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HOU@TOR: Arencibia rips a solo homer in the sixth

TORONTO -- Talking to Kyle Drabek following Sunday's game, you wouldn't know the young right-hander had just thrown his fifth quality start of the season.

Rather, the 23-year-old rookie stood at his locker shouldering much of the blame for the Blue Jays' 3-2 loss to the Astros at Rogers Centre Sunday afternoon, which dropped the team back to .500.

The solemn Drabek was visibly upset with his performance both on the mound and after the game, lamenting the amount of times he got ahead of hitters only to allow them back into the count with pitches outside the zone.

"When things aren't going your way and you're trying and they just still don't -- I'm going to get frustrated. I'm not just going to sit there and hold it all in," Drabek said.

Drabek's numbers Sunday were all a manager could ask for -- a six-inning performance with eight hits, three runs and three strikeouts.

He struggled at times, facing 27 batters and allowing a two-run homer to Hunter Pence in the fifth inning. And while three runs over six innings would be considered a strong effort to many, by Drabek's heightened standards, Sunday was far from a good outing.

"Not for me," the young starter said. "I didn't accomplish much that I wanted to. I still walked people. ... I would get ahead and then give it right back, and that's not quality right there."

Drabek walked just three batters in the outing, but he threw 64 pitches through his first three innings. He fell behind 18 of the 27 batters he faced and threw 16 first-pitch balls.

He was especially upset with his third-inning sequence to Astros first baseman Brett Wallace, who he got ahead of with a first-pitch strike before falling behind with three straight balls. Wallace would eventually rifle a 3-2 pitch back up the middle for a single, scoring Pence from third base for the Astros' first run.

"Going out there and throwing 20-25 pitches in an inning isn't helping the team at all," Drabek said. "Even though we might come out with a zero in the inning, [the defense is] out there just standing there because I can't throw strikes. That's where I need to cut down. I want to get them back in there so they can score some runs."

Drabek was by far his toughest critic, however, as Blue Jays manager John Farrell saw many positives in the outing.

"I thought Kyle was solid. He gave us a good effort for six [innings,]" Farrell said. "He gave us every opportunity to stay in this game and gave us an opportunity to win. ... He doesn't have to be perfect."

Farrell thought Drabek regrouped well on the mound when he fell behind hitters and allowed runners to reach base, and saw the outing as continued progress in the right-hander's first full year in the Majors.

Drabek's catcher and fellow rookie J.P. Arencibia agreed, taking the opposite stance of his battery mate after the game.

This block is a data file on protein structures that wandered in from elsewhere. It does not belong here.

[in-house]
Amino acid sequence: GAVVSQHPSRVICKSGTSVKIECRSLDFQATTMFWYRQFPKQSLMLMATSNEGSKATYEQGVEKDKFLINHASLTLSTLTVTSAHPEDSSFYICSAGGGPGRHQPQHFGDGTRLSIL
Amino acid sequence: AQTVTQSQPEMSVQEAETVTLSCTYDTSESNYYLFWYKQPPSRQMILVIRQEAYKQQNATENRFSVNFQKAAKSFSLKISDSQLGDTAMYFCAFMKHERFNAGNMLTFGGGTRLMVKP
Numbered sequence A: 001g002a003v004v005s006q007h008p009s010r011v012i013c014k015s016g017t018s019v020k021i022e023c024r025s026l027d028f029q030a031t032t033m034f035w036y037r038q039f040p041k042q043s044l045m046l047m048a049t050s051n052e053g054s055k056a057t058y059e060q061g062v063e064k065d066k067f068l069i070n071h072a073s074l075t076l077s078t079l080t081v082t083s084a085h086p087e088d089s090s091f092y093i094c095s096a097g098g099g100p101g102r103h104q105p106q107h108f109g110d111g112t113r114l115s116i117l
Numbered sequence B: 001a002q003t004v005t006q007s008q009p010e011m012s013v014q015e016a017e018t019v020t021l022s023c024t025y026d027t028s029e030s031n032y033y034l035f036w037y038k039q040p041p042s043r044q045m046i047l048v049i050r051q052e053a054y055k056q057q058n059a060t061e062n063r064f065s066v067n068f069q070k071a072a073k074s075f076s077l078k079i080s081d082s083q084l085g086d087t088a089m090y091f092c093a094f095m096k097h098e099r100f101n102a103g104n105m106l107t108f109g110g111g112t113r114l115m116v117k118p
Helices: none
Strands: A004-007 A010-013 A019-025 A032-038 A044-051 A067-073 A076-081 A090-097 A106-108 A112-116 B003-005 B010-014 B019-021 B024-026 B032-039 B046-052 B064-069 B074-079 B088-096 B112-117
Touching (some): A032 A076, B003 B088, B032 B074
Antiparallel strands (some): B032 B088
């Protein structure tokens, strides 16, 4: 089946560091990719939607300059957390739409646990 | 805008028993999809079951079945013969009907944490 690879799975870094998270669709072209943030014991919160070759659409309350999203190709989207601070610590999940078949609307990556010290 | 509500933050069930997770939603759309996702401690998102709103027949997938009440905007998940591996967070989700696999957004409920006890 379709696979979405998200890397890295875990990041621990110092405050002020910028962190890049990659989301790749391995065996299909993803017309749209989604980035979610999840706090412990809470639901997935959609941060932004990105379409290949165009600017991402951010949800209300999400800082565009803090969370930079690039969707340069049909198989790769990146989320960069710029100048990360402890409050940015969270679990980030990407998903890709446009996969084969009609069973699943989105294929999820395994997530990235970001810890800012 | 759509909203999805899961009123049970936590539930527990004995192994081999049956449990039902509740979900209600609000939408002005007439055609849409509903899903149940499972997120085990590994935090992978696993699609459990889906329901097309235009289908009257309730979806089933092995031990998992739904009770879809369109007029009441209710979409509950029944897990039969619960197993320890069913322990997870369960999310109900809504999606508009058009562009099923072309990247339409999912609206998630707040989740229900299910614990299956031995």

"He's too tough on himself. He's a rookie and he has a quality start. He goes six innings, three runs. That's what his job is to do," Arencibia said. "He's not going to be out there throwing a no-hitter every time. He has to understand that he gave us an opportunity to win."

Opportunity was a key word -- Farrell used it 10 times in his postgame press conference -- for the Blue Jays, who went 1-for-8 with runners in scoring position and left 11 men on base.

With the exception of No. 9 hitter Jayson Nix, every hitter in the Blue Jays' starting lineup reached base at least once, and the team had runners on base in every inning except for the fourth and fifth. But when it came time to drive the runners in, the Astros managed to wiggle out of trouble.

That helped Astros starter Wandy Rodriguez pick up his third win of the season, as he allowed six hits and two runs while striking out six over six innings.

"There were a lot of tough situations," Pence said. "We made some good defensive plays and had some great pitching by Wandy to get out of those jams early."

The Astros loaded the bases with an intentional walk twice -- in the second and ninth innings -- working their way out of the frame both times.

The most disheartening missed opportunity for the Blue Jays was the bottom of the ninth, when cleanup hitter Aaron Hill had a chance to tie the game or win it with the bases loaded and two outs, but grounded out to third.

"We were 90 feet away from extending this game at the end," Farrell said. "We continue to create opportunities. We didn't get a timely hit when needed, but at the same time, if we continue to take an approach which continues to give us opportunities, we're going to cash in."

Both of Toronto's runs came via the homer, as Juan Rivera went deep in the third and Arencibia pulled Toronto to within one in the sixth, hitting a moon shot to left-center on Rodriguez's first pitch of the inning.

It was the rookie catcher's eighth home run on the season, moving him into sole possession of second place on the Blue Jays, behind Jose Bautista.

Meanwhile, Bautista was held without a hit for just the eighth time this season, striking out twice. He was intentionally walked in the ninth, and has now reached base safely in 36 of his 38 games this season.

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